The Radiological Society of North America (RSNA) has launched its fourth annual artificial intelligence (AI) challenge, a competition among researchers to create applications that perform a clearly defined clinical task according to specified performance measures. The challenge for competitors this year is to create machine-learning algorithms to detect and characterize instances of pulmonary embolism. RSNA collaborated with the Society of Thoracic Radiology (STR) to create a massive dataset for the challenge. The RSNA-STR Pulmonary Embolism CT (RSPECT) dataset is comprised of more than 12,000 CT scans collected from five international research centers. The dataset was labeled with detailed clinical annotations by a group of more than 80 expert thoracic radiologists.
Tesla may be introducing machine-learning training as a web service with its upcoming'Dojo' supercomputer, CEO Elon Musk said on Twitter. Project Dojo was initially revealed by Musk last year and is a supercomputer which Tesla has been working on. The supercomputer has been designed to ingest massive amounts of video data and perform massive levels of unsupervised training on the visual data. The goal of Dojo will be to be able to take in vast amounts of data and train at a video level and do massive unsupervised training of vast amounts of video data. Dojo uses our own chips & a computer architecture optimized for neural net training, not a GPU cluster. Could be wrong, but I think it will be best in world.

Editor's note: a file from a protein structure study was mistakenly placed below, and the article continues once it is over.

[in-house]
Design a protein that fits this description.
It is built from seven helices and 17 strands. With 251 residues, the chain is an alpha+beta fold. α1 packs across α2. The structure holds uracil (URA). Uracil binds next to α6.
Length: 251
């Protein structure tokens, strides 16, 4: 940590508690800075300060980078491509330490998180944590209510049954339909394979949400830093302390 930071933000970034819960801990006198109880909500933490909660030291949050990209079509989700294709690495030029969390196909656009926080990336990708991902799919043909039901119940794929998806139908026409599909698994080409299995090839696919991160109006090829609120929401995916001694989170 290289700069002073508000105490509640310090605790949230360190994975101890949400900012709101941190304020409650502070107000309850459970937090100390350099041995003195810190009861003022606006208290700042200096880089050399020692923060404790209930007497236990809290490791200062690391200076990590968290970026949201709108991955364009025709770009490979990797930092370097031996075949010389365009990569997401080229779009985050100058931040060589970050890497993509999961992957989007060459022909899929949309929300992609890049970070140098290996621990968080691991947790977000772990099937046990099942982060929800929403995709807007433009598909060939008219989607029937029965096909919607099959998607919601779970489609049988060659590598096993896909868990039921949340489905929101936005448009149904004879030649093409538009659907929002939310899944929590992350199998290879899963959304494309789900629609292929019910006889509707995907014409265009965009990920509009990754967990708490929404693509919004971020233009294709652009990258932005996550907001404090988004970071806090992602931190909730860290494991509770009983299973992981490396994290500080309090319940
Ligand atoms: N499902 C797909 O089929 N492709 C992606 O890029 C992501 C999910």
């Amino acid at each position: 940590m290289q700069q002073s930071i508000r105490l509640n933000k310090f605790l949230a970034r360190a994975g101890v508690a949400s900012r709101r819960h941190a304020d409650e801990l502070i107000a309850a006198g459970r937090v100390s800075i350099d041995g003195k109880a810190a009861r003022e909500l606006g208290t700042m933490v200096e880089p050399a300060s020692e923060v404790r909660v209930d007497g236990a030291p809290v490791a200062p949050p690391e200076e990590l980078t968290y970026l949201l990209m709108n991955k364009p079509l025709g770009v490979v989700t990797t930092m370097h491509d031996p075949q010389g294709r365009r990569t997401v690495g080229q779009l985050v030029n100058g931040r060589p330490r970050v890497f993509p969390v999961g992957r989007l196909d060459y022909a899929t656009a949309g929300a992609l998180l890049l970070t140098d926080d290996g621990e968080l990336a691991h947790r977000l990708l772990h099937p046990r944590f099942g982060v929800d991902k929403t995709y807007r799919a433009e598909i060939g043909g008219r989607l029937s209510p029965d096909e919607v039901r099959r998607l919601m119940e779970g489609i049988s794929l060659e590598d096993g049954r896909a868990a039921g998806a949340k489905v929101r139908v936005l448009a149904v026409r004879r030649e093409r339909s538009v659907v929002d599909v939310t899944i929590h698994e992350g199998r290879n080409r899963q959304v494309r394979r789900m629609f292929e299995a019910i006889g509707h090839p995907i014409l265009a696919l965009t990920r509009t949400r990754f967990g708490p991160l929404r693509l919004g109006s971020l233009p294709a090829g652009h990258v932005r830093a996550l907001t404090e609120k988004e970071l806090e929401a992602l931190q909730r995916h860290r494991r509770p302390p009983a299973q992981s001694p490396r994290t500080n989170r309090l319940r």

Using those primitives, DeepMind generated a dataset known as Procedurally Generated Matrices(PGM) that consists of triplets [progression, shape, color]. The relationship between the attributes in a triplet represent an abstract challenge. For instance, if the first attribute is progression, the values of the other two attributes must along rows or columns in the matrix. In order to show signs of abstract reasoning using PGM, a neural network must be able to explicitly compute relatioships between different matrix images and evaluate the viability of each potential answer in parallel. To address this challenge, the DeepMind team created a new neural network architecture called Wild Relation Network(WReN) in recognition of John Rave's wife Mary Wild who was also a contributor to the original IQ Test. In the WReN architecture, a convolutional neural network(CNN) processes each context panel and an individual answer choice panel independently to produce 9 vector embeddings. This set of embeddings is then passed to an recurrent network, whose output is a single sigmoid unit encoding the "score" for the associated answer choice panel.
"Being good is easy, what is difficult is being just." "We need to defend the interests of those whom we've never met and never will." Note: This article is intended for a general audience to try and elucidate the complicated nature of unfairness in machine learning algorithms. As such, I have tried to explain concepts in an accessible way with minimal use of mathematics, in the hope that everyone can get something out of reading this. Supervised machine learning algorithms are inherently discriminatory. They are discriminatory in the sense that they use information embedded in the features of data to separate instances into distinct categories -- indeed, this is their designated purpose in life. This is reflected in the name for these algorithms which are often referred to as discriminative algorithms (splitting data into categories), in contrast to generative algorithms (generating data from a given category). When we use supervised machine learning, this "discrimination" is used as an aid to help us categorize our data into distinct categories within the data distribution, as illustrated below. Whilst this occurs when we apply discriminative algorithms -- such as support vector machines, forms of parametric regression (e.g.